WHEN Superintendent John Gralton took the reins of Newcastle police six years ago, the hangover of alcohol-fuelled violence on city streets was still throbbing.
Officers had just come through years of going to “brawl to brawl to brawl”, before controversial lockout laws were introduced in 2008, but the reality was that five Newcastle venues were still on the state’s most violent list.
Superintendent Gralton decided that Newcastle needed a culture change, and it’s why he doesn’t hold back in fighting attempts to relax lockout laws.
“I say caution, caution, caution,” he said. “The city has changed, the culture has changed, and that’s because we’ve done that work. We implemented those restrictions.”
Speaking on his last day as Newcastle police chief, Superintendent Gralton lists building on the lockout laws as one of his proudest achievements in leading the city’s “exceptional” officers since 2011.
He admitted it was with an “element of sadness” that he left the coveted post, but also great pleasure as he looked back.
Superintendent Gralton also recalled a press conference where he vowed to “leave no stone unturned” after two elderly residents were murdered in the SummitCare nursing home in Wallsend in 2013.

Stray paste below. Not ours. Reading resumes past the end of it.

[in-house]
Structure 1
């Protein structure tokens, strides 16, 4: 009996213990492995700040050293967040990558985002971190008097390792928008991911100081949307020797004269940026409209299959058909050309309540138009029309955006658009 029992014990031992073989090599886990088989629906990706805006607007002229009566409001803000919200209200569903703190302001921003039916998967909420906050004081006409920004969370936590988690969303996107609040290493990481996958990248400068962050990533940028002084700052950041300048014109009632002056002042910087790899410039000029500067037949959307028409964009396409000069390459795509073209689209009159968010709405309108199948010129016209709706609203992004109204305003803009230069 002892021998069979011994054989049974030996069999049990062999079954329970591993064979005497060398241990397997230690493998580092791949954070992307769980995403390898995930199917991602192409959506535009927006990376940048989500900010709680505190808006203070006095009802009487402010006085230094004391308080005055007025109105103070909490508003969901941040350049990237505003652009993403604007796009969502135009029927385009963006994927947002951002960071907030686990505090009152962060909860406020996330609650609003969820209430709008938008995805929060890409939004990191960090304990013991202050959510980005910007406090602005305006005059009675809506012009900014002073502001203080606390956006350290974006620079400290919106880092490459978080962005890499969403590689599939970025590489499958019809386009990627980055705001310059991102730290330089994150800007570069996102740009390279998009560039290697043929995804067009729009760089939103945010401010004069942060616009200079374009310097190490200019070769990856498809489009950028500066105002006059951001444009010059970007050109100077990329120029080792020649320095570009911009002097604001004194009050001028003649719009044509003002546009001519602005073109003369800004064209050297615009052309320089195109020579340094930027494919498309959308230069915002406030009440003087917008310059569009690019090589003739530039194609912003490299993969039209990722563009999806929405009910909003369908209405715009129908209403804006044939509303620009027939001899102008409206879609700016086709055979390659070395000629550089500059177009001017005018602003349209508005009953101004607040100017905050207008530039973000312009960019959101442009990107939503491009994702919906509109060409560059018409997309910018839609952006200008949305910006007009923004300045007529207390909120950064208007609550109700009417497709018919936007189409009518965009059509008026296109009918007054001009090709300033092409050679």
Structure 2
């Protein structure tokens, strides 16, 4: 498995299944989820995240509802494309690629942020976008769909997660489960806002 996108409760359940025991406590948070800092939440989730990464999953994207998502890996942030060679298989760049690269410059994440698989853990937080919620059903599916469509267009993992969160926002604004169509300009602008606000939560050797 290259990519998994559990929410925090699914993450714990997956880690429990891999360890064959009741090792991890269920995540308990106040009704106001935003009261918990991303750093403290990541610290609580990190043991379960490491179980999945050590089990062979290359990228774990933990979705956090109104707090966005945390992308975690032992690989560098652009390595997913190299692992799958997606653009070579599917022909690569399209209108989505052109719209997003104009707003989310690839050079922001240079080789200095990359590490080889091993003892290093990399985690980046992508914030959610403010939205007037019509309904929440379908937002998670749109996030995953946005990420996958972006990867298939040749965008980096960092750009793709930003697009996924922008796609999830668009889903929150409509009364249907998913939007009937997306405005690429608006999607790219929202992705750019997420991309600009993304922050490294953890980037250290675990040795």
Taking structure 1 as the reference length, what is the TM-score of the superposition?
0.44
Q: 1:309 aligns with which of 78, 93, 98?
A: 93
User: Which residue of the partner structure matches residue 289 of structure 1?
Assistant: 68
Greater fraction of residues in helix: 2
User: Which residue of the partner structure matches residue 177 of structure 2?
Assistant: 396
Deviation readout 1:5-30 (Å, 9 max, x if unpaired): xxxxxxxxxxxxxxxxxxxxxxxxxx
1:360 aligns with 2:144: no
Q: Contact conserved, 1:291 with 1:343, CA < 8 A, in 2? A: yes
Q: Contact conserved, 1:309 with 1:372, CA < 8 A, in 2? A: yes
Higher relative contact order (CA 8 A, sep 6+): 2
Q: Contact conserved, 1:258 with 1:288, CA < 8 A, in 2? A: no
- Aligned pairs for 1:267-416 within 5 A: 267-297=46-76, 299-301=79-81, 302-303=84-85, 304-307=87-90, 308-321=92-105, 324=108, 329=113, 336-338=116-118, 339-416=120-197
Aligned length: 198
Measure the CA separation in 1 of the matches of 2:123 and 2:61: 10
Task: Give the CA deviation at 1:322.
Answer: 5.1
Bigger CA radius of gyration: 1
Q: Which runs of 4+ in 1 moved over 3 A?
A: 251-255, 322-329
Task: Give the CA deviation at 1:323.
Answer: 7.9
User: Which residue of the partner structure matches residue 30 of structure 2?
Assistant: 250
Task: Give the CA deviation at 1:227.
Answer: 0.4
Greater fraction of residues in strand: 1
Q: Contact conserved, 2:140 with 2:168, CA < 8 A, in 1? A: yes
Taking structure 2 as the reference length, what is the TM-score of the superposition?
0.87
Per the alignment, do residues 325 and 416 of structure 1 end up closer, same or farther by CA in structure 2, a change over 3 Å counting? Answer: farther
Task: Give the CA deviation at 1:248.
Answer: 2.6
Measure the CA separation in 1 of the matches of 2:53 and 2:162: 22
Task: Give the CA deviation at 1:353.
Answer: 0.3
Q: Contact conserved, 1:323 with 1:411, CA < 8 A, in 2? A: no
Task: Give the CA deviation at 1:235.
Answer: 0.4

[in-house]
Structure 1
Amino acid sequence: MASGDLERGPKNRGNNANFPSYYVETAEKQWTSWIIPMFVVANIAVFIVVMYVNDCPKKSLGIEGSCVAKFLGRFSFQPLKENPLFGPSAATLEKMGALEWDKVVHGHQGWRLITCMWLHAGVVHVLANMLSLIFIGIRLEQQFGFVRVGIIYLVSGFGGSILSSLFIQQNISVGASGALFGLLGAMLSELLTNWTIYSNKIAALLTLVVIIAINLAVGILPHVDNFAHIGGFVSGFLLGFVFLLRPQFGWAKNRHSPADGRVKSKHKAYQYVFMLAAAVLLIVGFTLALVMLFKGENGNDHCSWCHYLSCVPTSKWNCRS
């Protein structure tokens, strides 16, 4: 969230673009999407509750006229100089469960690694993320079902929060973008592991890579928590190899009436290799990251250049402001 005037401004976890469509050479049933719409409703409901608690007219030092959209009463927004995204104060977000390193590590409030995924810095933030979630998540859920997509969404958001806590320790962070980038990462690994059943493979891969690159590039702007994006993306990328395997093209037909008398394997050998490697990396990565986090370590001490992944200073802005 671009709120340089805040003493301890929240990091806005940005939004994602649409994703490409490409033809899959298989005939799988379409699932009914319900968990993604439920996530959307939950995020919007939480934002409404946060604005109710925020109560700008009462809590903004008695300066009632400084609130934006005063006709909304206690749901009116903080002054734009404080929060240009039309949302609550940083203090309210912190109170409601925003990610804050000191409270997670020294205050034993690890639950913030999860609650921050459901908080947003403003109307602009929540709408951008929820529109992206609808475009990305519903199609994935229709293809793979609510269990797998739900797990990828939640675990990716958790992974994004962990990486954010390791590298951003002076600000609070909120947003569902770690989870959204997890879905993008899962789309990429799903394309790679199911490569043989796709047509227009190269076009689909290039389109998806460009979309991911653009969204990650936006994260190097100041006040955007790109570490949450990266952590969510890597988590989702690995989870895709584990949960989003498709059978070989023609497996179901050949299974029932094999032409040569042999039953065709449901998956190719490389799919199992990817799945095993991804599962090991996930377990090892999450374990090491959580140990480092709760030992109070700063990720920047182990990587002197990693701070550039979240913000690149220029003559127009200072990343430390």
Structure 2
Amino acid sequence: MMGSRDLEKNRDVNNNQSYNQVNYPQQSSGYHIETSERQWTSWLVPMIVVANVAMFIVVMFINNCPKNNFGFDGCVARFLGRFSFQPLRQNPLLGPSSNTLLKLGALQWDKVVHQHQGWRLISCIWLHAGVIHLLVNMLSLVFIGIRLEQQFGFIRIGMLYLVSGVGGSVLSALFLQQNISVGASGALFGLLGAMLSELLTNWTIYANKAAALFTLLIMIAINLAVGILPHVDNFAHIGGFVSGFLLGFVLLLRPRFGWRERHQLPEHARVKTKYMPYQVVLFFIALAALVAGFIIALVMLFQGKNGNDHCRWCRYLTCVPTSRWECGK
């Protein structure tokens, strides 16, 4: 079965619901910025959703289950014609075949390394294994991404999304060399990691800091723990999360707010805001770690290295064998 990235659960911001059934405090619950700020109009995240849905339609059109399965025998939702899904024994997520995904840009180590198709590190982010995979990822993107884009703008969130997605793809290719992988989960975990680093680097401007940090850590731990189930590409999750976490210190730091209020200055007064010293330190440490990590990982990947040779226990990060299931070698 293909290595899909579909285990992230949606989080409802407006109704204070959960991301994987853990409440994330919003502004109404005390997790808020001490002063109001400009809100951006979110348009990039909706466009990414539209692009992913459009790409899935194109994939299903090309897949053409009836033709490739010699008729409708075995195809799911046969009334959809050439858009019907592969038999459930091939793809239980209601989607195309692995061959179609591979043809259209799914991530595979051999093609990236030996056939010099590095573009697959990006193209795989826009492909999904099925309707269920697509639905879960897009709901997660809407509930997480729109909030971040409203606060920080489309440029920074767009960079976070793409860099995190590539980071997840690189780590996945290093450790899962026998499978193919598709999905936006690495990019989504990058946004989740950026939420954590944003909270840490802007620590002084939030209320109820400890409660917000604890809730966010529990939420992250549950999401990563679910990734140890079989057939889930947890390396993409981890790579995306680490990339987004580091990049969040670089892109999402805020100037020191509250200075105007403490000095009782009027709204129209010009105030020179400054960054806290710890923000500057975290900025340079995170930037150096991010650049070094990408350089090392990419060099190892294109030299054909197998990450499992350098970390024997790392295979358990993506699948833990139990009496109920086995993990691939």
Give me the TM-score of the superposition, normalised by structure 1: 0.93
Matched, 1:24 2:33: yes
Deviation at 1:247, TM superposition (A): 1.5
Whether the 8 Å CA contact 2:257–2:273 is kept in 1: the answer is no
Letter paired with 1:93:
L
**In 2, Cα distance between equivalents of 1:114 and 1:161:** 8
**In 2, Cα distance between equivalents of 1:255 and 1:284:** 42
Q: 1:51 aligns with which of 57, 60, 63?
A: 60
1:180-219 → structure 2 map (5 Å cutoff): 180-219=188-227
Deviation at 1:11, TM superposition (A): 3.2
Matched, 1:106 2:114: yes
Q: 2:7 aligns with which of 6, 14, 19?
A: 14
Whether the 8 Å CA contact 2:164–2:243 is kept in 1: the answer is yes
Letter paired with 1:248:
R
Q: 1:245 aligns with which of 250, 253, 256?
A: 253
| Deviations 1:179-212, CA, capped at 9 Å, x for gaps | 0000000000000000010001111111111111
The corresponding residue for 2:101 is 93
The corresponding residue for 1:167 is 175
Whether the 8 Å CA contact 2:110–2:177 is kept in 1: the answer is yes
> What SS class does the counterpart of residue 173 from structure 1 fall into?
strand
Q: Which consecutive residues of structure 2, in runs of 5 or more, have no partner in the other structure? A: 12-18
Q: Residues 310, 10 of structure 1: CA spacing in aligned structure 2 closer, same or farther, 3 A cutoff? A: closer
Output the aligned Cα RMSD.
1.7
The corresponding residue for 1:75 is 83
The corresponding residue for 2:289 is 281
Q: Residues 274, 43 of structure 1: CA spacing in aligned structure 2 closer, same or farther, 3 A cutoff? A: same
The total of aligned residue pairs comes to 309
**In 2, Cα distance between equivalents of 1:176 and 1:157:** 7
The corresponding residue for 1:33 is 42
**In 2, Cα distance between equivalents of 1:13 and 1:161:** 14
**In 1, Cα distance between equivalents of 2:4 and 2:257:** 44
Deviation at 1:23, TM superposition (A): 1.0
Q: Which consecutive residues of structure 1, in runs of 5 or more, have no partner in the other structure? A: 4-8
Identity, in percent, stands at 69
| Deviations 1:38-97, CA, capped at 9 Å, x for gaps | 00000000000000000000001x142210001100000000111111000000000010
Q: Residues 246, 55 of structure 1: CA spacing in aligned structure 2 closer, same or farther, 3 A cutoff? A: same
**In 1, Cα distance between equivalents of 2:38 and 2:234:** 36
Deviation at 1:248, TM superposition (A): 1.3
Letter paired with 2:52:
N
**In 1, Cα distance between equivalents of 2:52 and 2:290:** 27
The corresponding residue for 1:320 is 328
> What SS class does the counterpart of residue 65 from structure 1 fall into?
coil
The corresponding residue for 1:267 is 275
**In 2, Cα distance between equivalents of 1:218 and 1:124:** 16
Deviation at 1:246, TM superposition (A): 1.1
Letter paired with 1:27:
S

He said police got their guilty verdict through “thousands of hours” of investigation.
“Our detectives didn’t let us down,” he said.
“They worked methodically. Things like pouring over, frame by frame by frame, of CCTV to eliminate suspects. Unbelievable. You can only imagine how tedious it was, but how committed they were.”
Then there was the time police came under intense scrutiny as the Special Commission of Inquiry probed alleged cover-ups of child sexual abuse in the Hunter.
“We were absolutely vindicated in that Commission of Inquiry,” Superintendent Gralton said, highlighting the fact Newcastle police had charged a number of people from inside and outside the church with child sexual offences.
Despite those challenges, Superintendent Gralton said his toughest day came when Senior Constable Tony Tamplin – one of the Hunter’s most loved officers – died after suffering a heart attack.
“The day Tony died – it took a piece of the city’s heart,” he said.
Throughout all the ups and downs, he said Newcastle police remained a “tight” unit.
“I’m very proud of that,” he said. “The men and women, the backup administration support, the volunteers. They are the ones who make a difference on the street.”
Superintendent Gralton will continue fighting crime as Tuggerah Lakes police chief. Superintendent Brett Greentree will take over as Newcastle’s top cop next week.